This study sought to explore the mentalizing manifestations of both patient and therapist in those segments where the therapeutic focus of conflict or personality functioning predominates and to identify mentalizing and non-mentalizing interactions in each of these segments.
In the analysis of reflective functioning, more than half of the speaking turns were non-passages, which coincides with what has been found in other studies (e.g., de la Cerda, 2017, de la Cerda et al., 2019). Previous studies have shown that dissimilarities are observed between the passages/non-passages ratio in different therapies, with a higher proportion of passages in patients with difficulties in interpersonal functioning (de la Cerda, 2017). Keeping in mind the particular and functional characteristic of explicit mentalizing noted by Fonagy and Luyten (2009), it can be argued that an excess of explicit mentalizing activity, as generally detected by RFS, is indicative of a greater need for regulation, that is, a hyper-mentalizing mode of functioning and probably concomitant with an arousal activation in one or both participants of the interaction (Fonagy et al., 2011). If this were the case, the increased mentalizing activity would be necessary as a regulatory mechanism in the face of the emotional intensity of the psychotherapeutic relational encounter (de la Cerda, 2017).
Considering the level of RF regardless of the participants, it was found that there is a more significant presence of turns of speech with moderate to high RF in general terms. This may be related to the fact that the segments analyzed are episodes of change (Krause et al., 2006, 2007), virtuous moments in therapy that shape a subjective understanding of oneself that is different from the previous one. They culminate in constructing a subjective psychological theory based on biography, which can be considered the final product of therapeutic change (Krause and Dagnino, 2005). Hence, episodes of change are unique segments of the therapeutic dialogue and sought-after scenes that define the purpose of psychotherapy and test its efficacy and meaning in terms of a logic of results. In segments of change of the patients, it can be expected a high mentalization.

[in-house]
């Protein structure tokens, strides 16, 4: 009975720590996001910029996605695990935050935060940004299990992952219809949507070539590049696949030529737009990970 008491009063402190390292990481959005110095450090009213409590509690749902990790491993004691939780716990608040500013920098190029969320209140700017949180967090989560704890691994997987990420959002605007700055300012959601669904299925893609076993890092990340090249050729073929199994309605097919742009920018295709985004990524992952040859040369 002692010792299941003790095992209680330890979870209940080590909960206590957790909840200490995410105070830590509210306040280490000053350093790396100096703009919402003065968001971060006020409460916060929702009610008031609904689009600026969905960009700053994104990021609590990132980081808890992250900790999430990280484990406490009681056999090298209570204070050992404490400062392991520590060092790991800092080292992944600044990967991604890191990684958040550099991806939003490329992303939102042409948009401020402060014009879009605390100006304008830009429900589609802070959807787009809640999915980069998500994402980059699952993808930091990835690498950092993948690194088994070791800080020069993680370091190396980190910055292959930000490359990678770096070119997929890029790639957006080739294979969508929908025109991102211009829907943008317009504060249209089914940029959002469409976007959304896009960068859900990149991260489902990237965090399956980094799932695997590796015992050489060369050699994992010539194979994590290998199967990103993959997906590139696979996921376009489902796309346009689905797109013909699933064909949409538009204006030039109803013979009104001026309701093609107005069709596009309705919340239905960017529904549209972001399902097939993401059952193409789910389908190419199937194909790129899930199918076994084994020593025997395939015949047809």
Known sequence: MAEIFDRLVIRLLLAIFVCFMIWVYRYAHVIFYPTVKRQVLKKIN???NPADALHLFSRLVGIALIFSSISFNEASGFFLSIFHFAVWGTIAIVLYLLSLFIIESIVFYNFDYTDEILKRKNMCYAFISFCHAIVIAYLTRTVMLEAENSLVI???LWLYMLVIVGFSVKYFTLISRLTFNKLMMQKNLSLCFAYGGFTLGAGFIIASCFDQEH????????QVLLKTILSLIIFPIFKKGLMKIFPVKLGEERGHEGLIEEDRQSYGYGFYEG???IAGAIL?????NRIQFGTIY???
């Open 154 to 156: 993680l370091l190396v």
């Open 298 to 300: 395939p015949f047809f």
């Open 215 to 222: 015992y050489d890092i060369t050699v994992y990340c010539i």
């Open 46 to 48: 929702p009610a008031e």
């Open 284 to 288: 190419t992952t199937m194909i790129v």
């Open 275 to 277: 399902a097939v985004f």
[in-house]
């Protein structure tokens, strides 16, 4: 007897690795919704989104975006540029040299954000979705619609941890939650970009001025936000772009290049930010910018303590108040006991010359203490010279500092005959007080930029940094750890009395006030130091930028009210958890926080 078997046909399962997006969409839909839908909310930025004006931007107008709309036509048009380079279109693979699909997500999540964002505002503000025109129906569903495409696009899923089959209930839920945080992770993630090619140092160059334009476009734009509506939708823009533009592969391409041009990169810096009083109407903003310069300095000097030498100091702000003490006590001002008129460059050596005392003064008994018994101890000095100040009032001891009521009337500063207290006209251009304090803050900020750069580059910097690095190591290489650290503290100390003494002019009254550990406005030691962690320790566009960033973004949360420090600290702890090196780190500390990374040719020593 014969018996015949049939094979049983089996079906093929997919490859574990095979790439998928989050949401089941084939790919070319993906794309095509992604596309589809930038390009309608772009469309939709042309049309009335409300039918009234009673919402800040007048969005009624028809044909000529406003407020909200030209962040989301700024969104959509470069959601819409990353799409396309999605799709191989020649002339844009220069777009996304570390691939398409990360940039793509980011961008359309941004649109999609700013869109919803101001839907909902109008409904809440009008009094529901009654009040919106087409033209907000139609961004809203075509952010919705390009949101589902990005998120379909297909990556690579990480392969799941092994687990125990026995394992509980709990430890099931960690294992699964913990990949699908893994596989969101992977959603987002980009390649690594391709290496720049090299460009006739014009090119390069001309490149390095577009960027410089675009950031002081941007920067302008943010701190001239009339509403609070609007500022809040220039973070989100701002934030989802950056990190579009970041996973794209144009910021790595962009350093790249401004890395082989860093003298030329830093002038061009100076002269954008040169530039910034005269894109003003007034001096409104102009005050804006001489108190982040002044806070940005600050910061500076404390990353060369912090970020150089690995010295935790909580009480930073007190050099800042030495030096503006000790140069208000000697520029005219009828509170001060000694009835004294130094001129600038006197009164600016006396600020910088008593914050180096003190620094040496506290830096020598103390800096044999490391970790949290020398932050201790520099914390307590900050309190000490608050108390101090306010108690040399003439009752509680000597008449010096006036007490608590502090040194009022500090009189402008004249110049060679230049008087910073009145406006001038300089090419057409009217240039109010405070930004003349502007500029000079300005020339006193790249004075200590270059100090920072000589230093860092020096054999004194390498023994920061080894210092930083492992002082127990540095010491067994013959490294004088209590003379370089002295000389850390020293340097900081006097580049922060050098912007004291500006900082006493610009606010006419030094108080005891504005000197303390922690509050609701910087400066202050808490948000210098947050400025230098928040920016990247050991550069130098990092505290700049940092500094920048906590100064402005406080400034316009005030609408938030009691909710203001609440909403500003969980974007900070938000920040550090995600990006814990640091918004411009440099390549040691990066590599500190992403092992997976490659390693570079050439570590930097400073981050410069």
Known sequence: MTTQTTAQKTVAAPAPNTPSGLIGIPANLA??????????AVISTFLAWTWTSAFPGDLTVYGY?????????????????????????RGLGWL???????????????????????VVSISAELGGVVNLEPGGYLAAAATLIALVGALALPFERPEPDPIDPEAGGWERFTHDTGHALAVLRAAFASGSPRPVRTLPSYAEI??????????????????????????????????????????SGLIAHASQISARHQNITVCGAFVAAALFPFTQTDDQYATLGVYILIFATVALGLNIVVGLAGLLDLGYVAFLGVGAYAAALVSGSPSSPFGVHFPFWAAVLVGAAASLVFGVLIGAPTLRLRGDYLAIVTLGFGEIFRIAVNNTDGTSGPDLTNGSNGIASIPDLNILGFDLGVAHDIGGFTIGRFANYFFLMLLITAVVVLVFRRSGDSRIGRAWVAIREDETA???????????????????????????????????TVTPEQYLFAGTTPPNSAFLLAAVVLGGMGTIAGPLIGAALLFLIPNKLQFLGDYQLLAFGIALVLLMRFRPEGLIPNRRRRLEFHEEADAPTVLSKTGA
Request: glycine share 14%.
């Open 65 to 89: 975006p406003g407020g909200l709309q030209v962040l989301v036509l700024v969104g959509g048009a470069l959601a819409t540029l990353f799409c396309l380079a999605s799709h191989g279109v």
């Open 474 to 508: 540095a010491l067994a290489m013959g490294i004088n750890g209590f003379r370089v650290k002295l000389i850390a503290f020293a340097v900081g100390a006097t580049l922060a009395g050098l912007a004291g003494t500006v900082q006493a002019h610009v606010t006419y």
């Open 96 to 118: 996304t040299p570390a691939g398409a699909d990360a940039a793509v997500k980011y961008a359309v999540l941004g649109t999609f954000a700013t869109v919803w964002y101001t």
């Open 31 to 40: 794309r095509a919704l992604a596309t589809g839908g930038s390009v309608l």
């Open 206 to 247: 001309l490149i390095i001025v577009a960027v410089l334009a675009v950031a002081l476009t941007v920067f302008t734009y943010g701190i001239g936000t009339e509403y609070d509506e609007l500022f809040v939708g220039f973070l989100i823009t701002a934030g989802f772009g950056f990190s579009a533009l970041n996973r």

Globally, when analyzing the different types of episodes (conflict/personality functioning), it was observed that the therapist mainly performs medium or high-level RF interventions in those episodes where conflict is predominantly worked. We know that for therapists trained in the psychoanalytic line, working on conflict configurations is a central element of any treatment (Smith, 2003), so it is understood that the therapist performs interventions of a higher reflective level. Psychoanalytic tradition has emphasized work on conflict as a sign of success, and therefore, processes are considered successful only if patients show insight into these themes (Kiesler, 1983). For the patient, during these episodes, she shows the same amount of responses of low or failure RF or moderate to high RF, which could be showing the mobility in the work that is required. Concerning the episodes in which work predominates over personality functioning, both therapist and patient showed medium to high levels of RF. The episodes of personality functioning focus occur in the last sessions of the process, as was found on another study (Dagnino, 2021). This may indicate that there may be a consolidation or synchrony in the level of work between both participants.
Finally, the mentalizing interactions during the episodes showed that on those episodes where the work is predominant in the conflict configurations, mentalizing and non-mentalizing interactions were found. The non-mentalizing interactions occurred mainly when the therapist made interventions with a high RF level, which caused a failure in the mentalization of the patient. This may be understood as the work on conflict implies techniques such as clarification, confrontations and interpretations (Rudolf, 2002), and it can be experienced as intense, painful, and with high emotional arousal by the patient, leading to failure. It becomes apparent that when the therapist performs interventions of similar levels to the patient, the patient increases her RF level from moderate to high. Perhaps, the therapist must perform less complex interventions to achieve better mentalization in the patient on those themes that elicit high emotions. As Kiesler (1983) suggests, pressure should be applied to the conflicts, but gently initially, to intensify the therapeutic work later on.